Brazil Close to Achieving Nuclear Independence

CTMSP has developed an isotopic enrichment cascade as part of the Brazilian Navy’s nuclear program.
Nastasia Barceló/Diálogo | 13 January 2017

Capacity Building

Scientists from the Nuclear and Energy Research Institute attend the successful operation of the isotopic enrichment cascade. (Photo: Brazilian Navy)

Using only domestic technology, the Brazilian Navy’s Technological Center in São Paulo (CTMSP, per its Portuguese acronym) assembled and manufactured an isotopic enrichment cascade, an instrument which separates uranium isotopes into parts to supply the Brazilian Multipurpose Reactor (RMB, per its Portuguese acronym), which produces nuclear fuel. RMB has many objectives related to nuclear medicine, including the diagnosis and treatment of cancer. It can also be applied in areas like agriculture and the environment. The project is part of the Brazilian Navy’s nuclear program launched in 1978.

CTMSP is located on the campus of the University of São Paulo, and the Aramar Experimental Center in the municipality of Iperó, also in São Paulo. Both military organizations were inaugurated between 1986 and 1988 by the São Paulo state government to encourage and develop research in coordination with other public and private institutions useful to the Brazilian Navy. The state of São Paulo was selected as the site for research and other projects in the nuclear area because of its premier industrial park, engineering school, and research centers.

CTMSP is the main body responsible for the Brazilian Navy’s Nuclear Program. The center’s director, Rear Admiral André Luis Ferreira Marques, told Diálogo that during its 30 years of operation, three projects stand out in the nuclear sphere: the Fuel Cycle Project, the Electronuclear Energy Generation Laboratory Project, and the Infrastructure Project.

The last innovation incorporated by CTMSP was the isotopic enrichment cascade, which will give Brazil independence in the nuclear sphere by facilitating the production of nuclear fuel. The cascade was put into operation on December 8, 2016, and has the capacity to enrich uranium to 19.95 percent.

“The RMB ensures Brazilian nuclear independence,” explained Rear Adm. Ferreira Marques. “The goal is to decrease external independence with respect to the inputs used in radiopharmaceutical research procedures. Also, it will be used in materials tests and fuels used in the construction of the nuclear submarine.”

“The RMB project was developed when the goals for the Ministry of Science, Technology, Innovations, and Communications were established in 2007. However, it was in 2013 when it began to go from paper to reality,” said Dr. Luís Antônio Albiac Terremoto, researcher and member of the University of São Paulo’s Nuclear and Energy Research Institute (IPEN, per its Portuguese acronym).

“Through the production of radioisotopes, Brazil will be able to pay for this large investment in at least 20 years,” Dr. Albiac said.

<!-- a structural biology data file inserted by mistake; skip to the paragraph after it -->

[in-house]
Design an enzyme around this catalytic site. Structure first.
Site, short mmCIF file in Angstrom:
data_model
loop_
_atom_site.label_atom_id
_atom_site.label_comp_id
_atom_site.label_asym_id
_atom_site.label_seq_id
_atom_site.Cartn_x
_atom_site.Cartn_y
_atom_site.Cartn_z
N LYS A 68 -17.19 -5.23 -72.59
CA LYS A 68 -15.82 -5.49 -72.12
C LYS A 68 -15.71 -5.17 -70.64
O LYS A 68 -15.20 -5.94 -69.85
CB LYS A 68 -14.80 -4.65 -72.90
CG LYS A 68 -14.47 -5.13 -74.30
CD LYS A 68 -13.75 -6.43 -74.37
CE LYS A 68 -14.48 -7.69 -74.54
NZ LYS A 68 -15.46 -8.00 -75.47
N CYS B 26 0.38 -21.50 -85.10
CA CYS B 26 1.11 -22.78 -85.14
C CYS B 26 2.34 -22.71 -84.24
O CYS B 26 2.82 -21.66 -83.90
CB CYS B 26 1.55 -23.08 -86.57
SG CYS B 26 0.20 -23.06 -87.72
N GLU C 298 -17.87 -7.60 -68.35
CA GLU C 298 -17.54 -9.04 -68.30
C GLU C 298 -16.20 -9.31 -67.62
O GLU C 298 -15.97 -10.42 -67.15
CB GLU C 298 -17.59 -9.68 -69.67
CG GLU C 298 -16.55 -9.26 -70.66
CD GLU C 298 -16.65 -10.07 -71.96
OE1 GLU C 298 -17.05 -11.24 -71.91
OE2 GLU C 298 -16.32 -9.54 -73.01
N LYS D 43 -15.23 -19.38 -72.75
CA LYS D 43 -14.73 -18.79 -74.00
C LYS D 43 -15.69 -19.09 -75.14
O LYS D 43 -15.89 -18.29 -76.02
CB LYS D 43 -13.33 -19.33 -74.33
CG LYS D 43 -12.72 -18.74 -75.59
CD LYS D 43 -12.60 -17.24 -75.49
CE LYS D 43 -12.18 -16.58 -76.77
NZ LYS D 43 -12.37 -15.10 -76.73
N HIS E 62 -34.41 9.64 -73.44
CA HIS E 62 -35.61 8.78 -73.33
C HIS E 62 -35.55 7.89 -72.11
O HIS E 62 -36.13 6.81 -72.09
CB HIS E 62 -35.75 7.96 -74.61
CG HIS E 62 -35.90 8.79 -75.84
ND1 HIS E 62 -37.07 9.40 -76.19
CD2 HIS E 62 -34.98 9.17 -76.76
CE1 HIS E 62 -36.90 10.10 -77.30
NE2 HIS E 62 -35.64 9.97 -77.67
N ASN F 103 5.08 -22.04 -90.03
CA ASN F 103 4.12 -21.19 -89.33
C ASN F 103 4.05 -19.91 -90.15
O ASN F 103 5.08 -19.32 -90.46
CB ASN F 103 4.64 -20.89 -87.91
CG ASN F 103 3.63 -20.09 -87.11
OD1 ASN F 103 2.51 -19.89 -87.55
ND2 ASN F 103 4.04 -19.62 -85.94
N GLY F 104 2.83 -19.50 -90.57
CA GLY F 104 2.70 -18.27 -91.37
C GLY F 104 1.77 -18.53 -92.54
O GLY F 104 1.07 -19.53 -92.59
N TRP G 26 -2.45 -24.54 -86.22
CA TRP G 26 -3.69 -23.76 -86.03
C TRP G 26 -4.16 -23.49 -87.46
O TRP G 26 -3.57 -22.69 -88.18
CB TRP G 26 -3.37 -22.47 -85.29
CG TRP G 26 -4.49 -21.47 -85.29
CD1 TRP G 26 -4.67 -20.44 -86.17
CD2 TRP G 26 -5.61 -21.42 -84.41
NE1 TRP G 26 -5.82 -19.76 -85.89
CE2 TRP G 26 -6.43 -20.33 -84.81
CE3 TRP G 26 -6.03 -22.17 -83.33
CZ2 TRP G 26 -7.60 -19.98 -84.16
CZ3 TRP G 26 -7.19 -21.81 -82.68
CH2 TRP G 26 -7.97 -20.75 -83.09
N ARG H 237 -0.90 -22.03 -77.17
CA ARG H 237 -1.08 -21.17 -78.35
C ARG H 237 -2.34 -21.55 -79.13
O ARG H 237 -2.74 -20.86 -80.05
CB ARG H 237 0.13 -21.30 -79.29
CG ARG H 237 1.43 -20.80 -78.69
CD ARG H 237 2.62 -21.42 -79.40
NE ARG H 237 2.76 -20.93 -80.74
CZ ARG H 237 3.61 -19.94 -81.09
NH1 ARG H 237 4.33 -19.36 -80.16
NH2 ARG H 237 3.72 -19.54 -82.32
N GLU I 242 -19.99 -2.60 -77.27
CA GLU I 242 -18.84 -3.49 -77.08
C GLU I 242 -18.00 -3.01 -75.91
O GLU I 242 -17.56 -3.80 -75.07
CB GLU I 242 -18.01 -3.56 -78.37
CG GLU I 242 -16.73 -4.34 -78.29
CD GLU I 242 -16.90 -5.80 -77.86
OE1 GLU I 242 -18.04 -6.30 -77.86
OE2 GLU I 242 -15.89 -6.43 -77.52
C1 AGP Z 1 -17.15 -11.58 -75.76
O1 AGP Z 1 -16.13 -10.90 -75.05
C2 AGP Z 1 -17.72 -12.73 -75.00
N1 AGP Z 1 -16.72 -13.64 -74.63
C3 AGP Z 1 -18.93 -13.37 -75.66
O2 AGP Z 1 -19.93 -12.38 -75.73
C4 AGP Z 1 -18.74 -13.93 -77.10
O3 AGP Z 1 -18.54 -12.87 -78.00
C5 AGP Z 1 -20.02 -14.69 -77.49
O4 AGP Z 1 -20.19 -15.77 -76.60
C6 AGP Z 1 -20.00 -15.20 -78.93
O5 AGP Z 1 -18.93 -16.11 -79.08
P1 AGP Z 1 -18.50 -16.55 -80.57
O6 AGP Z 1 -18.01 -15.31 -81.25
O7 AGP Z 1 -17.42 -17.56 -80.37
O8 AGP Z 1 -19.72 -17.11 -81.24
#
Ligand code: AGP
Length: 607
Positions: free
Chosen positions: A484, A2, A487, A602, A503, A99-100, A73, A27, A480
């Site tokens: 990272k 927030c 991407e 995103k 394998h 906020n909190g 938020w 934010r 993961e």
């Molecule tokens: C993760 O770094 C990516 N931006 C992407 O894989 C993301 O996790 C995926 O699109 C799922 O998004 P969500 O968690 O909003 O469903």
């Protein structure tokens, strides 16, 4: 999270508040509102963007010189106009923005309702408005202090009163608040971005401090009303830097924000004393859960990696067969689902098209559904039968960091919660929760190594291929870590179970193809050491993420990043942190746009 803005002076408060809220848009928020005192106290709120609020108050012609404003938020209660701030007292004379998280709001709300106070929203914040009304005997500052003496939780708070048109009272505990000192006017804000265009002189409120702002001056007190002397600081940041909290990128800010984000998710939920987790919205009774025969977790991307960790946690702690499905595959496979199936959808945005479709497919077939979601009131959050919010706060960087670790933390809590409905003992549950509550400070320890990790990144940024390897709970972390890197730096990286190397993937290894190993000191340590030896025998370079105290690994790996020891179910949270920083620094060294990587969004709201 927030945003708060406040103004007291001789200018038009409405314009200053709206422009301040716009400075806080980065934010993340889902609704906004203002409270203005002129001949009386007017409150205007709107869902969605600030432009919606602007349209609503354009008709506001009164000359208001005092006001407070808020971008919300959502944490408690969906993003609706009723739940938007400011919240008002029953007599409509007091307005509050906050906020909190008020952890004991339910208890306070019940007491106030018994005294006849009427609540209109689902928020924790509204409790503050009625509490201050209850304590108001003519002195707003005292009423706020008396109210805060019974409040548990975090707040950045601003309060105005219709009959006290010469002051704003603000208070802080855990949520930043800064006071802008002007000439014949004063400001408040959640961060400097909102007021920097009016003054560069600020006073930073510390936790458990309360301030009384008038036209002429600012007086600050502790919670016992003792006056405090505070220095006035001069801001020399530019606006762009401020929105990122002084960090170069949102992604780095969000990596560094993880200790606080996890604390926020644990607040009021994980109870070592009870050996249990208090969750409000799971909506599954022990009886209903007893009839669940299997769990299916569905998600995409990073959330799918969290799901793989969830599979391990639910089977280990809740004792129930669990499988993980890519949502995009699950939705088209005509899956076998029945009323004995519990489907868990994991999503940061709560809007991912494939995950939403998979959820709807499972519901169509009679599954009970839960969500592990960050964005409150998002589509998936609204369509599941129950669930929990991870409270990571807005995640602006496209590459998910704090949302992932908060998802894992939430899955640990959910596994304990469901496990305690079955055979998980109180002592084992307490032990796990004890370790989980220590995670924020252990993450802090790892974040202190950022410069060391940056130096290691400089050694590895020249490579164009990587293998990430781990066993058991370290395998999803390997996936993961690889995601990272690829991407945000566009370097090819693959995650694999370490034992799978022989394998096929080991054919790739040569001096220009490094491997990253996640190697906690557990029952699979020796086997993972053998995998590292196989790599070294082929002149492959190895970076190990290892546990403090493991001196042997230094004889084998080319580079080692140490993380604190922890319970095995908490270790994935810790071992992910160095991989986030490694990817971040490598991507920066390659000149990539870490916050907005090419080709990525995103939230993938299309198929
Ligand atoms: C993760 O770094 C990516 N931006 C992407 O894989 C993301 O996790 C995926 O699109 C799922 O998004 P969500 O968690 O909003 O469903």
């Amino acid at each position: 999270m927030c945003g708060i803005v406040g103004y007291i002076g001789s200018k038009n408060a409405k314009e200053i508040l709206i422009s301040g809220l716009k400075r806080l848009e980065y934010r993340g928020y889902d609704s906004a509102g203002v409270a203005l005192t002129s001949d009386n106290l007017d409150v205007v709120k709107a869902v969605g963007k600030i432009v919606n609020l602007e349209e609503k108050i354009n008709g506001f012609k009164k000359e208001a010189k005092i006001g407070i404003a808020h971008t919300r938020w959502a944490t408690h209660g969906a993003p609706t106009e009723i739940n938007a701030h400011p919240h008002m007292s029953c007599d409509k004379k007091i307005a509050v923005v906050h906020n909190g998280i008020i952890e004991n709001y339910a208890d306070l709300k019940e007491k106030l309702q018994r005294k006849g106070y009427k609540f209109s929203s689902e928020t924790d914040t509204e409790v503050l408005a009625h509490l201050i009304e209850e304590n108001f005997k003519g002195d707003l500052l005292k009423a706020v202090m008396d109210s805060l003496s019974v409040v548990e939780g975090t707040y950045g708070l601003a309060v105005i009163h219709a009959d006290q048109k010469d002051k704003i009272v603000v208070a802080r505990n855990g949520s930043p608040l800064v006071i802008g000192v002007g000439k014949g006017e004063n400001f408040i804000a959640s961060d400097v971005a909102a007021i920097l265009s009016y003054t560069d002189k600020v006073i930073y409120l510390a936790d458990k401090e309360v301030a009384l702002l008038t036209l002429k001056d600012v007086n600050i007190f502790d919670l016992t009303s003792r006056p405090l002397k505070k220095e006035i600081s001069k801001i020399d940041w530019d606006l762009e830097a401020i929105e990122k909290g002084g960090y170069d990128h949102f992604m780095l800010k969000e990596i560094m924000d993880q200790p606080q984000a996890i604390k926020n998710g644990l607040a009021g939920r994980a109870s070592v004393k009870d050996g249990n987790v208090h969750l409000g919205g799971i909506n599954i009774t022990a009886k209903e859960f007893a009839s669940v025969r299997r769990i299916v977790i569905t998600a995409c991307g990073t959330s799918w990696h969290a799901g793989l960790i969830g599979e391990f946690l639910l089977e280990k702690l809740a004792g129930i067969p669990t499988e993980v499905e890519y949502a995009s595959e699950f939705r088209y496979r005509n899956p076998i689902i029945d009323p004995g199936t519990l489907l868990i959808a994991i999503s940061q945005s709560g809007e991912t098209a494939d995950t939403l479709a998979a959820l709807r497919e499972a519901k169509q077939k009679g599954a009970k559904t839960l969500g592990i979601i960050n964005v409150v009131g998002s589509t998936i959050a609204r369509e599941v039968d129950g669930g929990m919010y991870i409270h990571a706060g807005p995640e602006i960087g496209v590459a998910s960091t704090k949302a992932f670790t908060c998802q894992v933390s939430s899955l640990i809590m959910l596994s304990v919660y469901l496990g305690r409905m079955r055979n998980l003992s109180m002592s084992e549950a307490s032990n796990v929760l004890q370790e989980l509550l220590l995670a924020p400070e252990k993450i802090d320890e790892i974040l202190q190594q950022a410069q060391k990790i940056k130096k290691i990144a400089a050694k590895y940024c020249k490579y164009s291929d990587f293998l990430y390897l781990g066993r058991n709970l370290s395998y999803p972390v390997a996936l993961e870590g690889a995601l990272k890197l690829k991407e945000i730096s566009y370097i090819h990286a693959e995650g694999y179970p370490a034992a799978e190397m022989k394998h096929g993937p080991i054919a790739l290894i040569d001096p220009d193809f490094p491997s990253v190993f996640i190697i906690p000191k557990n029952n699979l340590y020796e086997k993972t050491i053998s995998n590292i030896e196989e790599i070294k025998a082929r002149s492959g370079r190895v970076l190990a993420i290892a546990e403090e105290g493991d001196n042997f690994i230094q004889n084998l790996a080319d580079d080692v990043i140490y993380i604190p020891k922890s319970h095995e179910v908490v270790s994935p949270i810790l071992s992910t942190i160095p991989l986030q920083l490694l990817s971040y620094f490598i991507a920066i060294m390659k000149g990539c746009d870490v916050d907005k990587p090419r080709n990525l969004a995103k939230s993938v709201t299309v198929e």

According to the Brazilian Air and Naval Defense website (, the isotopic enrichment cascade was developed by the National Nuclear Energy Commission in conjunction with the Foundation Park of High Technology Iperó Region and adjacencies, and financed by the Financier of Studies and Projects.

“With the implementation of the cascade, it is very possible that the quantity of radiopharmaceuticals may be doubled, opening up the possibility of exporting surplus material to a market that is currently dominated by Canada, France, Holland, and South Africa,” Dr. Albiac said.

Dr. Albiac explained that between 2009 and 2011 nuclear reactors manufactured in Holland and Canada were facing a profound crisis in terms of the supply of radioisotopes, which resulted in the subsequent suspension of millions of processes around the globe. In this sense, the start of the cascade constitutes an achievement for science and technology in Brazil.

Brazilian Navy nuclear program

The Brazilian Navy’s nuclear program was founded in 1978. Among its most notable achievements is its success in obtaining low-enriched uranium in 1987, which led to the inauguration of the Aramar Experimental Center in 1988.

Budget cuts forced the Navy to suspend the construction of its nuclear submarine in 1996. However, it kept CTMSP models of nuclear-attack submarines in a naval base, as a clear sign that it was not completely abandoning its plans.

In August 2005, it was publicized that the first domestic prototype of a nuclear reactor had been completed and warehoused. A few months later, Brazil inaugurated a uranium enrichment plant in Resende.

In 2007, the Navy confirmed through the National Defense Strategy document that Brazil was officially resuming construction of its nuclear submarine. The document stated that that, “to ensure the goal of denial of the use of the sea, Brazil will have a submarine naval force encompassing conventional submarines and nuclear-propulsion submarines.” This gave rise to the Submarine Development Program.

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